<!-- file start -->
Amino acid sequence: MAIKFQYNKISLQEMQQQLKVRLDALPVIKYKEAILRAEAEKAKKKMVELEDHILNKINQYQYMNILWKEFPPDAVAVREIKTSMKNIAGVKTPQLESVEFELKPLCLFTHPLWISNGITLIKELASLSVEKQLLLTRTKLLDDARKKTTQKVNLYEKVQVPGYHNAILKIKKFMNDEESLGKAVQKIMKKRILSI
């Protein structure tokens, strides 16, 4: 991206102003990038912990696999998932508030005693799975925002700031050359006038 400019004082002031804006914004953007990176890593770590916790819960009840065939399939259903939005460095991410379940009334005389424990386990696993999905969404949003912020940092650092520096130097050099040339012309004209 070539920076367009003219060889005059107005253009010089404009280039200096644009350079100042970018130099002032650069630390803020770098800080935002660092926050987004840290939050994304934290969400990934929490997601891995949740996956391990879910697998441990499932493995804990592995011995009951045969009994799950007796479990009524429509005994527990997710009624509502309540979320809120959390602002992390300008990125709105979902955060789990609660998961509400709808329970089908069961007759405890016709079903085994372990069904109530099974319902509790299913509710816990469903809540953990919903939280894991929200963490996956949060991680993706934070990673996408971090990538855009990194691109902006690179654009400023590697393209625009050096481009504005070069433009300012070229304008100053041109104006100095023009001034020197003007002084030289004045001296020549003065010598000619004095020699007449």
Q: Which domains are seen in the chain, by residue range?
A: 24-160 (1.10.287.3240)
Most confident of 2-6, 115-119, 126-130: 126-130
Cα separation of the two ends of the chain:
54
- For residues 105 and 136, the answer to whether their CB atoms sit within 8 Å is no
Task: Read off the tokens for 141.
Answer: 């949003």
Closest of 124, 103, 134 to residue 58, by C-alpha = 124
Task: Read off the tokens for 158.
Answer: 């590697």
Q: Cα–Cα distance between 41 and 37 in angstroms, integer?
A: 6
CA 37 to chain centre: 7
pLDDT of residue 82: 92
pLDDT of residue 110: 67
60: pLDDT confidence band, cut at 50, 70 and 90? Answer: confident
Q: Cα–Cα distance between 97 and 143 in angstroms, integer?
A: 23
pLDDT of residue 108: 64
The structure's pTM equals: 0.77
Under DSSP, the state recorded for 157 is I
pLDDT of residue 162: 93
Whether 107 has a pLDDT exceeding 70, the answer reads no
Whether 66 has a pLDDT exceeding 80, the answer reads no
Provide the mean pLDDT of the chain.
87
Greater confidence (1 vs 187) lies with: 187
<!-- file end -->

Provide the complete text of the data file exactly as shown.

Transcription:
Amino acid sequence: MAIKFQYNKISLQEMQQQLKVRLDALPVIKYKEAILRAEAEKAKKKMVELEDHILNKINQYQYMNILWKEFPPDAVAVREIKTSMKNIAGVKTPQLESVEFELKPLCLFTHPLWISNGITLIKELASLSVEKQLLLTRTKLLDDARKKTTQKVNLYEKVQVPGYHNAILKIKKFMNDEESLGKAVQKIMKKRILSI
């Protein structure tokens, strides 16, 4: 991206102003990038912990696999998932508030005693799975925002700031050359006038 400019004082002031804006914004953007990176890593770590916790819960009840065939399939259903939005460095991410379940009334005389424990386990696993999905969404949003912020940092650092520096130097050099040339012309004209 070539920076367009003219060889005059107005253009010089404009280039200096644009350079100042970018130099002032650069630390803020770098800080935002660092926050987004840290939050994304934290969400990934929490997601891995949740996956391990879910697998441990499932493995804990592995011995009951045969009994799950007796479990009524429509005994527990997710009624509502309540979320809120959390602002992390300008990125709105979902955060789990609660998961509400709808329970089908069961007759405890016709079903085994372990069904109530099974319902509790299913509710816990469903809540953990919903939280894991929200963490996956949060991680993706934070990673996408971090990538855009990194691109902006690179654009400023590697393209625009050096481009504005070069433009300012070229304008100053041109104006100095023009001034020197003007002084030289004045001296020549003065010598000619004095020699007449």
Q: Which domains are seen in the chain, by residue range?
A: 24-160 (1.10.287.3240)
Most confident of 2-6, 115-119, 126-130: 126-130
Cα separation of the two ends of the chain:
54
- For residues 105 and 136, the answer to whether their CB atoms sit within 8 Å is no
Task: Read off the tokens for 141.
Answer: 């949003």
Closest of 124, 103, 134 to residue 58, by C-alpha = 124
Task: Read off the tokens for 158.
Answer: 């590697």
Q: Cα–Cα distance between 41 and 37 in angstroms, integer?
A: 6
CA 37 to chain centre: 7
pLDDT of residue 82: 92
pLDDT of residue 110: 67
60: pLDDT confidence band, cut at 50, 70 and 90? Answer: confident
Q: Cα–Cα distance between 97 and 143 in angstroms, integer?
A: 23
pLDDT of residue 108: 64
The structure's pTM equals: 0.77
Under DSSP, the state recorded for 157 is I
pLDDT of residue 162: 93
Whether 107 has a pLDDT exceeding 70, the answer reads no
Whether 66 has a pLDDT exceeding 80, the answer reads no
Provide the mean pLDDT of the chain.
87
Greater confidence (1 vs 187) lies with: 187